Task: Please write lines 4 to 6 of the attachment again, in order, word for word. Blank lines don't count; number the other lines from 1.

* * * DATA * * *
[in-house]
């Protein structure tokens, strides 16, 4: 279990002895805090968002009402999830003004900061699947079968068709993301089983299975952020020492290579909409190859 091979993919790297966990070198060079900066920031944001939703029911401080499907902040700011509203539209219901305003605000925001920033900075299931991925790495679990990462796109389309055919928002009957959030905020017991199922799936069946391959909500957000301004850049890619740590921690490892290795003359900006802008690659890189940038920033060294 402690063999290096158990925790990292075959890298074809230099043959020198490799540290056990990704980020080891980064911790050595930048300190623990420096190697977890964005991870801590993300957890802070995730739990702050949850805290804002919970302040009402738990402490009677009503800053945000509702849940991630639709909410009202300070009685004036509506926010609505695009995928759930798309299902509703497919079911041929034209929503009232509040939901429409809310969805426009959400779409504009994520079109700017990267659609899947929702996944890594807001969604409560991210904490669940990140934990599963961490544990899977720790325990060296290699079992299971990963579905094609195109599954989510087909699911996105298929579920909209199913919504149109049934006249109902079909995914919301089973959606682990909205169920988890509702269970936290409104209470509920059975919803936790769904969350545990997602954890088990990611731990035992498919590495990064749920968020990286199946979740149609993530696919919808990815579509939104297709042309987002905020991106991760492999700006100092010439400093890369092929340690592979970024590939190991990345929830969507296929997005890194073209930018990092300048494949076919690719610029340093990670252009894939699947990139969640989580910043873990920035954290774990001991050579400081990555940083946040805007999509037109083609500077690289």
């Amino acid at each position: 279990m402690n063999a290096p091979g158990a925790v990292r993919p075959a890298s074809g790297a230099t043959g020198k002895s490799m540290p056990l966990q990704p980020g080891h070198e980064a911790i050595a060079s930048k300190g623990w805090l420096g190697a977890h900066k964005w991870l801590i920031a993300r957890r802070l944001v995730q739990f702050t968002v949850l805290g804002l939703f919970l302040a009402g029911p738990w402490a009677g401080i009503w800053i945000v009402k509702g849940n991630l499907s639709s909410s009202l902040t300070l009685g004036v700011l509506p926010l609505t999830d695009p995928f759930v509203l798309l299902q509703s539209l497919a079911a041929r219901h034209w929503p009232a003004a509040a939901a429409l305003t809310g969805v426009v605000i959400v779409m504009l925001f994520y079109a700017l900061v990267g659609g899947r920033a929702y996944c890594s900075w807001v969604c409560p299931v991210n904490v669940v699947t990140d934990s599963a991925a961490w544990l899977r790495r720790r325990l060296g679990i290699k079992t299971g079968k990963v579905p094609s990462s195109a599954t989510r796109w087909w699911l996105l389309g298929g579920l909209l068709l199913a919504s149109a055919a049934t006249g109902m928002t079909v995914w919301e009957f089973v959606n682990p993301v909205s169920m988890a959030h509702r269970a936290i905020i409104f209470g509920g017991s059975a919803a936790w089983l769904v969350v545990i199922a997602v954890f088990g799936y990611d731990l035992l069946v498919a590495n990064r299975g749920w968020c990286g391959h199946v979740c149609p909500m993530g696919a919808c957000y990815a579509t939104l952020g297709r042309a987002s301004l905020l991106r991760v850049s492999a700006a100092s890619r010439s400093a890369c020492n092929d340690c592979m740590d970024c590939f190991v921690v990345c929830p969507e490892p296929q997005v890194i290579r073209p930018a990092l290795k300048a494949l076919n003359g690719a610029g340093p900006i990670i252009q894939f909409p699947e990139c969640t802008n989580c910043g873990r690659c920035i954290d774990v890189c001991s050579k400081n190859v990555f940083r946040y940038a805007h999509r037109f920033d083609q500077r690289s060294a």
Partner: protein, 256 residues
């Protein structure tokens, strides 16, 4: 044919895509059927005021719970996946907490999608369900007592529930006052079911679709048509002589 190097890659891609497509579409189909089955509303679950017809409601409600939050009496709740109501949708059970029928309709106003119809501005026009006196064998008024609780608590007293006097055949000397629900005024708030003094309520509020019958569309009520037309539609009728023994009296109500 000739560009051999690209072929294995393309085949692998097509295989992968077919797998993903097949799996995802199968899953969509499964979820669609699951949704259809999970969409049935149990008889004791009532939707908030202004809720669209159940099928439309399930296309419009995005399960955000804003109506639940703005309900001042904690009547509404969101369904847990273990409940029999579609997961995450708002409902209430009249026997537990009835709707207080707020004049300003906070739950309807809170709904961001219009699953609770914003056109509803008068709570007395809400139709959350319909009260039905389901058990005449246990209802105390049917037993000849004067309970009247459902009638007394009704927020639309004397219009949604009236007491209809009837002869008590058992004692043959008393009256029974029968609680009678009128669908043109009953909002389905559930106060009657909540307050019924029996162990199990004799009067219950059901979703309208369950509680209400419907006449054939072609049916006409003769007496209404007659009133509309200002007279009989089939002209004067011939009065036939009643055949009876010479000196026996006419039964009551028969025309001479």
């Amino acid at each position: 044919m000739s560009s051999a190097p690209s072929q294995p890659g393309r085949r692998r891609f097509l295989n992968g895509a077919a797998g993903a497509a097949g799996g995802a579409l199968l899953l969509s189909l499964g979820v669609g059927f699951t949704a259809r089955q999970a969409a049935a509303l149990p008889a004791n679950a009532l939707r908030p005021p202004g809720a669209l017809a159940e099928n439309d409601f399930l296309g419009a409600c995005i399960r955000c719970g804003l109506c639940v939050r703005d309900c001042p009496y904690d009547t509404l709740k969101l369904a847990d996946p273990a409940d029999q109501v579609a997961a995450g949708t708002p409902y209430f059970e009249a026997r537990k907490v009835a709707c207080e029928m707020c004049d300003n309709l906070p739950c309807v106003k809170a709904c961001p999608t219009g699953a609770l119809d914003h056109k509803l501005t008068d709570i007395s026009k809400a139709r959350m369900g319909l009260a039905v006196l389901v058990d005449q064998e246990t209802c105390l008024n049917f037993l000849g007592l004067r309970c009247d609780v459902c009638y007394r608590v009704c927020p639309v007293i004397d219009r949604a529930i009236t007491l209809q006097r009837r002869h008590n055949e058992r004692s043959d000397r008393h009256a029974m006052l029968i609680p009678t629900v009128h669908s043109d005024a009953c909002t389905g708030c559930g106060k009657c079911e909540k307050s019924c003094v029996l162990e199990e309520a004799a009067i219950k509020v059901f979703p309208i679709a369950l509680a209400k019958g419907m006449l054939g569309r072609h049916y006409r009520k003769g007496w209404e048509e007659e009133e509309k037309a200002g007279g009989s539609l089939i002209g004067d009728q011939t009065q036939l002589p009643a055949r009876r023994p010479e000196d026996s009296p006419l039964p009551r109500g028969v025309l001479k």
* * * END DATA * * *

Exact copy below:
Partner: protein, 256 residues
């Protein structure tokens, strides 16, 4: 044919895509059927005021719970996946907490999608369900007592529930006052079911679709048509002589 190097890659891609497509579409189909089955509303679950017809409601409600939050009496709740109501949708059970029928309709106003119809501005026009006196064998008024609780608590007293006097055949000397629900005024708030003094309520509020019958569309009520037309539609009728023994009296109500 000739560009051999690209072929294995393309085949692998097509295989992968077919797998993903097949799996995802199968899953969509499964979820669609699951949704259809999970969409049935149990008889004791009532939707908030202004809720669209159940099928439309399930296309419009995005399960955000804003109506639940703005309900001042904690009547509404969101369904847990273990409940029999579609997961995450708002409902209430009249026997537990009835709707207080707020004049300003906070739950309807809170709904961001219009699953609770914003056109509803008068709570007395809400139709959350319909009260039905389901058990005449246990209802105390049917037993000849004067309970009247459902009638007394009704927020639309004397219009949604009236007491209809009837002869008590058992004692043959008393009256029974029968609680009678009128669908043109009953909002389905559930106060009657909540307050019924029996162990199990004799009067219950059901979703309208369950509680209400419907006449054939072609049916006409003769007496209404007659009133509309200002007279009989089939002209004067011939009065036939009643055949009876010479000196026996006419039964009551028969025309001479």
């Amino acid at each position: 044919m000739s560009s051999a190097p690209s072929q294995p890659g393309r085949r692998r891609f097509l295989n992968g895509a077919a797998g993903a497509a097949g799996g995802a579409l199968l899953l969509s189909l499964g979820v669609g059927f699951t949704a259809r089955q999970a969409a049935a509303l149990p008889a004791n679950a009532l939707r908030p005021p202004g809720a669209l017809a159940e099928n439309d409601f399930l296309g419009a409600c995005i399960r955000c719970g804003l109506c639940v939050r703005d309900c001042p009496y904690d009547t509404l709740k969101l369904a847990d996946p273990a409940d029999q109501v579609a997961a995450g949708t708002p409902y209430f059970e009249a026997r537990k907490v009835a709707c207080e029928m707020c004049d300003n309709l906070p739950c309807v106003k809170a709904c961001p999608t219009g699953a609770l119809d914003h056109k509803l501005t008068d709570i007395s026009k809400a139709r959350m369900g319909l009260a039905v006196l389901v058990d005449q064998e246990t209802c105390l008024n049917f037993l000849g007592l004067r309970c009247d609780v459902c009638y007394r608590v009704c927020p639309v007293i004397d219009r949604a529930i009236t007491l209809q006097r009837r002869h008590n055949e058992r004692s043959d000397r008393h009256a029974m006052l029968i609680p009678t629900v009128h669908s043109d005024a009953c909002t389905g708030c559930g106060k009657c079911e909540k307050s019924c003094v029996l162990e199990e309520a004799a009067i219950k509020v059901f979703p309208i679709a369950l509680a209400k019958g419907m006449l054939g569309r072609h049916y006409r009520k003769g007496w209404e048509e007659e009133e509309k037309a200002g007279g009989s539609l089939i002209g004067d009728q011939t009065q036939l002589p009643a055949r009876r023994p010479e000196d026996s009296p006419l039964p009551r109500g028969v025309l001479k």